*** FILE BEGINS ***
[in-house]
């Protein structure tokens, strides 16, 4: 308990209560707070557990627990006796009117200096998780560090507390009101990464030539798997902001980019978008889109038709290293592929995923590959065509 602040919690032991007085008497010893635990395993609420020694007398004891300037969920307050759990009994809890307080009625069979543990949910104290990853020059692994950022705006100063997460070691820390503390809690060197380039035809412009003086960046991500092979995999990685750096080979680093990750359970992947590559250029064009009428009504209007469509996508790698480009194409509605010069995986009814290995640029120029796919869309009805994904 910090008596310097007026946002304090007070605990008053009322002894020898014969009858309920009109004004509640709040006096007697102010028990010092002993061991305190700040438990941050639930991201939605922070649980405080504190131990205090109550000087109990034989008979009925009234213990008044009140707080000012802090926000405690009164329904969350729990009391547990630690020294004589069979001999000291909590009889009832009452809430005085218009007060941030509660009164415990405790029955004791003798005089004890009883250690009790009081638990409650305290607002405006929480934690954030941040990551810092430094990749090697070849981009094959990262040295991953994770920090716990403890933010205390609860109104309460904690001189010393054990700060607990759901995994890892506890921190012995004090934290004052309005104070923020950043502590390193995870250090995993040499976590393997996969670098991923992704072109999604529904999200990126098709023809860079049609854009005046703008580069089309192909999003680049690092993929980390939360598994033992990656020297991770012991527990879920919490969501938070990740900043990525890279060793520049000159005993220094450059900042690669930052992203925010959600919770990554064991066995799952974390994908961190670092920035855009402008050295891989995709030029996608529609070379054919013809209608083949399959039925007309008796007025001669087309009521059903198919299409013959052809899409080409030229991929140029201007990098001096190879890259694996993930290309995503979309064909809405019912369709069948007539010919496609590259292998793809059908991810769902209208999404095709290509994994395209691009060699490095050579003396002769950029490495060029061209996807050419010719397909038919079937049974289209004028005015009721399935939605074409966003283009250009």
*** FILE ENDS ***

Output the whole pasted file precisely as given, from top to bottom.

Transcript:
[in-house]
């Protein structure tokens, strides 16, 4: 308990209560707070557990627990006796009117200096998780560090507390009101990464030539798997902001980019978008889109038709290293592929995923590959065509 602040919690032991007085008497010893635990395993609420020694007398004891300037969920307050759990009994809890307080009625069979543990949910104290990853020059692994950022705006100063997460070691820390503390809690060197380039035809412009003086960046991500092979995999990685750096080979680093990750359970992947590559250029064009009428009504209007469509996508790698480009194409509605010069995986009814290995640029120029796919869309009805994904 910090008596310097007026946002304090007070605990008053009322002894020898014969009858309920009109004004509640709040006096007697102010028990010092002993061991305190700040438990941050639930991201939605922070649980405080504190131990205090109550000087109990034989008979009925009234213990008044009140707080000012802090926000405690009164329904969350729990009391547990630690020294004589069979001999000291909590009889009832009452809430005085218009007060941030509660009164415990405790029955004791003798005089004890009883250690009790009081638990409650305290607002405006929480934690954030941040990551810092430094990749090697070849981009094959990262040295991953994770920090716990403890933010205390609860109104309460904690001189010393054990700060607990759901995994890892506890921190012995004090934290004052309005104070923020950043502590390193995870250090995993040499976590393997996969670098991923992704072109999604529904999200990126098709023809860079049609854009005046703008580069089309192909999003680049690092993929980390939360598994033992990656020297991770012991527990879920919490969501938070990740900043990525890279060793520049000159005993220094450059900042690669930052992203925010959600919770990554064991066995799952974390994908961190670092920035855009402008050295891989995709030029996608529609070379054919013809209608083949399959039925007309008796007025001669087309009521059903198919299409013959052809899409080409030229991929140029201007990098001096190879890259694996993930290309995503979309064909809405019912369709069948007539010919496609590259292998793809059908991810769902209208999404095709290509994994395209691009060699490095050579003396002769950029490495060029061209996807050419010719397909038919079937049974289209004028005015009721399935939605074409966003283009250009």